By default in Illustrator, only the fill is resized when you scale an object. Since the object’s strokes and effects are not scaled, you may end up with an odd-looking shape after resizing. This tutorial will help you solve this frustrating problem.
The example below shows how scaling, with or without taking strokes and effects into account, affects the overall appearance of an object. By comparing the two shapes at the bottom, you can tell that the one on the left has better stroke and fill proportion, and it is an exact replica of the original one at the top (only smaller). The reason behind this difference is that the shape on the left was scaled with strokes and effects, while the other one was not.
In many cases, scaling only the fill of the object will significantly alter its overall appearance.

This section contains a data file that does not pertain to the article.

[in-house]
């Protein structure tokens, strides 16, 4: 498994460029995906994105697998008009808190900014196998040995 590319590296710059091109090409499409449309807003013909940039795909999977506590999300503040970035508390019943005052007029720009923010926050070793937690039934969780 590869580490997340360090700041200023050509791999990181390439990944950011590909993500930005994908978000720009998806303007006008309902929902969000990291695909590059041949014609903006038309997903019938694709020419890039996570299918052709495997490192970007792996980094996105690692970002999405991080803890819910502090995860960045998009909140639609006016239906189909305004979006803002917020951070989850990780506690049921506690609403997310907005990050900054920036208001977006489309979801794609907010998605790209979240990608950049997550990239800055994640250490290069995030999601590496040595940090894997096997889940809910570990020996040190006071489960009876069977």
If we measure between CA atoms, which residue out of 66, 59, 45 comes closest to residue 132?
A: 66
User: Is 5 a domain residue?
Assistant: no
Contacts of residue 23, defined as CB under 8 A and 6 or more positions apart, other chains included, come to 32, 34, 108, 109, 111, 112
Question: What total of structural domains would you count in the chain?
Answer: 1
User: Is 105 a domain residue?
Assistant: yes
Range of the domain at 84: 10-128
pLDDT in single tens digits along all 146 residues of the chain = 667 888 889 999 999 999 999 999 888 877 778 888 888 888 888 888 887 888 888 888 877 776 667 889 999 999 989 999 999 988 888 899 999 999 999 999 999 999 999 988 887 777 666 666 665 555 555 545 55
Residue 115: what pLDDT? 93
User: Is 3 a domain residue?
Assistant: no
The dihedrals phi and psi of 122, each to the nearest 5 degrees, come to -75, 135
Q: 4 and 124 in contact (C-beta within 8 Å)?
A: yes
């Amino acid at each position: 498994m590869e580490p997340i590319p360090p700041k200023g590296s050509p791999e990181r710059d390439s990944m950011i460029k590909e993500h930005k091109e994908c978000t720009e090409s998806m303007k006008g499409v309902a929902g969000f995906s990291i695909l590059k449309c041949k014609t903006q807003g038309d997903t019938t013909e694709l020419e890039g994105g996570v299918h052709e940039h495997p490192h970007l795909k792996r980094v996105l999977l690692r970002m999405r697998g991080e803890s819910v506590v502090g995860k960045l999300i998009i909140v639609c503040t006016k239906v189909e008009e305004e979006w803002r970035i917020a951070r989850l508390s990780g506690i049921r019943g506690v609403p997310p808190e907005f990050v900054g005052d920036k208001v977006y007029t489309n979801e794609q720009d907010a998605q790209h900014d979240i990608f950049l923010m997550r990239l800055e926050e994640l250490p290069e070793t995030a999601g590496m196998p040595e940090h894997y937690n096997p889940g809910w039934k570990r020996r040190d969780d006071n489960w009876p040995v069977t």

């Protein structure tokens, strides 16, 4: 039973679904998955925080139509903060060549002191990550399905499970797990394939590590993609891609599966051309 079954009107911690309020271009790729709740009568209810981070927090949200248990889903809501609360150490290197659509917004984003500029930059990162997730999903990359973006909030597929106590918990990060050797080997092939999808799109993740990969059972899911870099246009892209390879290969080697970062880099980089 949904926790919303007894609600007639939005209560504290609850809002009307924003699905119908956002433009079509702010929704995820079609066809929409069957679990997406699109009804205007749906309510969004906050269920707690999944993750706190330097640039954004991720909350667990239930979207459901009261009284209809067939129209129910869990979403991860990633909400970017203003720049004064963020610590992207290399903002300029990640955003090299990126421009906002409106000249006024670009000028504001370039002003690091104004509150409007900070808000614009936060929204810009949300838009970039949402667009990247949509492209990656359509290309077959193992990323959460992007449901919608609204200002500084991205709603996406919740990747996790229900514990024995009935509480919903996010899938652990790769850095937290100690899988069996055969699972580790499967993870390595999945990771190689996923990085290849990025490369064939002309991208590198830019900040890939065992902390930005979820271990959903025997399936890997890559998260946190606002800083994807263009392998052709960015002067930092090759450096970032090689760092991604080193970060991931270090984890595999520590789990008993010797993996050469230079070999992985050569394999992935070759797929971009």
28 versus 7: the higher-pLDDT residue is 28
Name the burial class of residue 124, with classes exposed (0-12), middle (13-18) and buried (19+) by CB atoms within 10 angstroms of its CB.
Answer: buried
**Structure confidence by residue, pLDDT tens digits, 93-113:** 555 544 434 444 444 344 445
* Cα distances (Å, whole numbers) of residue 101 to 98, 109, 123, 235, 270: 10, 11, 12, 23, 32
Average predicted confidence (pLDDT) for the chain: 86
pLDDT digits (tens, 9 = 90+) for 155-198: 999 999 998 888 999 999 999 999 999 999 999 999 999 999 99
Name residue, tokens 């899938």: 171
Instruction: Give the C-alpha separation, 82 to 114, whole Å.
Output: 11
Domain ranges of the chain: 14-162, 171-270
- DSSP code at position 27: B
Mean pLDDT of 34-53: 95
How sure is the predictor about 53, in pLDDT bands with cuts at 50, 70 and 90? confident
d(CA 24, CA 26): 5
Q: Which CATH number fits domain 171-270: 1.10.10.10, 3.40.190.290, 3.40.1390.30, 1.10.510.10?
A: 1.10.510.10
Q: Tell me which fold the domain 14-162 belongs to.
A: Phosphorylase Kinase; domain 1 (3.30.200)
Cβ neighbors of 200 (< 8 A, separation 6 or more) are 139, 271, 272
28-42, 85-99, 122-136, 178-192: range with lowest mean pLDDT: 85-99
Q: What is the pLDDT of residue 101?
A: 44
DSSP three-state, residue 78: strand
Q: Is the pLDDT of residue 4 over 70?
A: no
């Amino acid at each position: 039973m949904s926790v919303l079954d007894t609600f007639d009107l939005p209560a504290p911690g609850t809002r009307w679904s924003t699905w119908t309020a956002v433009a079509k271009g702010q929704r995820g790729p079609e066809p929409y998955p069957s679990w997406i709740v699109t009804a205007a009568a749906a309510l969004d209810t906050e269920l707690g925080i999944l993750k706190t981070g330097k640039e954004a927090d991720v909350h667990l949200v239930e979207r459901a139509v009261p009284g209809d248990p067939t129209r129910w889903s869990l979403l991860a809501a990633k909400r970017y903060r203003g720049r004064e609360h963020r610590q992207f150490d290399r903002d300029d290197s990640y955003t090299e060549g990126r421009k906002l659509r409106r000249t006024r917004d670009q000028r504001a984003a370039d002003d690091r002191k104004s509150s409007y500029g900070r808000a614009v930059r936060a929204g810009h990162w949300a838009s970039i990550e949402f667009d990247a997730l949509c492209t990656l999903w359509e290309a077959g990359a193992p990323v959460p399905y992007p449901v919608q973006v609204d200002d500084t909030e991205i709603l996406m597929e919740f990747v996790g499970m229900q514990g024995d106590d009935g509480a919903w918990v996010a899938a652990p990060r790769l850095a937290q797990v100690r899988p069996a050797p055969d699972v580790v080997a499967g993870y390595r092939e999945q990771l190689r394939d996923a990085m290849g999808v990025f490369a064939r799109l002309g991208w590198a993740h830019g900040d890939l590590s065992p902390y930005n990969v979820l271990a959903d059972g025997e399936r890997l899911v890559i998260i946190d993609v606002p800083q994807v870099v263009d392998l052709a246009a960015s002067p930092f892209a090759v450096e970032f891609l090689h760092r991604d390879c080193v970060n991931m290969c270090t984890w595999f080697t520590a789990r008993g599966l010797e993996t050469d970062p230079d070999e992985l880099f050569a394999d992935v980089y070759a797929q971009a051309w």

1. Launch Illustrator, and open the document you want to edit using the File menu.
2. Once all the art boards in the document are loaded, switch to the Selection tool by pressing the V key, and then select the object that has the outline stroke and effects you want to scale.
3. While the object is still selected, double-click on the Scale Tool on the toolbox to open the tool’s specific menu.
4. In the Scale Tool window, specify the percentage to which you want to scale the selected object under the Scale section. Normally, you would use the Uniform option so that the object would be scaled using the same value on both axes.
In order to scale the entire object, check the Scale Strokes and Effects option.
While the Scale window is still open, you can turn on the Preview check-box and move the window aside to see how the selected object was scaled. If you are not satisfied with the results, you can tweak the settings again.
5. When you are done, click OK. The Scale Strokes & Effects feature will always be checked so that you do not have to repeat the steps above each time you want to scale an object’s appearance.